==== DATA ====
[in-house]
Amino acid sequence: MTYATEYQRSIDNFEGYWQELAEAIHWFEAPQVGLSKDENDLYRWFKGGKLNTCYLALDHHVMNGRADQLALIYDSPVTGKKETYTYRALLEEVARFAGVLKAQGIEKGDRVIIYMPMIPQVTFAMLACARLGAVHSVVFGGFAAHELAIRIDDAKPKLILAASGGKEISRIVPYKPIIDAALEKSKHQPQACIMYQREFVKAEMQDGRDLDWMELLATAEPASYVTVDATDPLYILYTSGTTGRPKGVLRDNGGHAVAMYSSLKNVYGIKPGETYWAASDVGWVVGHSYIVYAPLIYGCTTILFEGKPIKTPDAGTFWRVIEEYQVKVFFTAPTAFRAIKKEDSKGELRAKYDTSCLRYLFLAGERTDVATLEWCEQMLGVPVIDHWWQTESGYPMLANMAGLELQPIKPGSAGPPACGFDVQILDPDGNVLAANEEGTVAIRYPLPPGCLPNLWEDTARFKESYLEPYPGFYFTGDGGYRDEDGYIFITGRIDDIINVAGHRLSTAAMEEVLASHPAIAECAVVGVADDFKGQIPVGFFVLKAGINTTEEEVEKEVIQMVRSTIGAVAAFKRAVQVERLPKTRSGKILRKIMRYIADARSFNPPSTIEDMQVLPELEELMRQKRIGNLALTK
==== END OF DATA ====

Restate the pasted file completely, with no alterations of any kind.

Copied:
[in-house]
Amino acid sequence: MTYATEYQRSIDNFEGYWQELAEAIHWFEAPQVGLSKDENDLYRWFKGGKLNTCYLALDHHVMNGRADQLALIYDSPVTGKKETYTYRALLEEVARFAGVLKAQGIEKGDRVIIYMPMIPQVTFAMLACARLGAVHSVVFGGFAAHELAIRIDDAKPKLILAASGGKEISRIVPYKPIIDAALEKSKHQPQACIMYQREFVKAEMQDGRDLDWMELLATAEPASYVTVDATDPLYILYTSGTTGRPKGVLRDNGGHAVAMYSSLKNVYGIKPGETYWAASDVGWVVGHSYIVYAPLIYGCTTILFEGKPIKTPDAGTFWRVIEEYQVKVFFTAPTAFRAIKKEDSKGELRAKYDTSCLRYLFLAGERTDVATLEWCEQMLGVPVIDHWWQTESGYPMLANMAGLELQPIKPGSAGPPACGFDVQILDPDGNVLAANEEGTVAIRYPLPPGCLPNLWEDTARFKESYLEPYPGFYFTGDGGYRDEDGYIFITGRIDDIINVAGHRLSTAAMEEVLASHPAIAECAVVGVADDFKGQIPVGFFVLKAGINTTEEEVEKEVIQMVRSTIGAVAAFKRAVQVERLPKTRSGKILRKIMRYIADARSFNPPSTIEDMQVLPELEELMRQKRIGNLALTK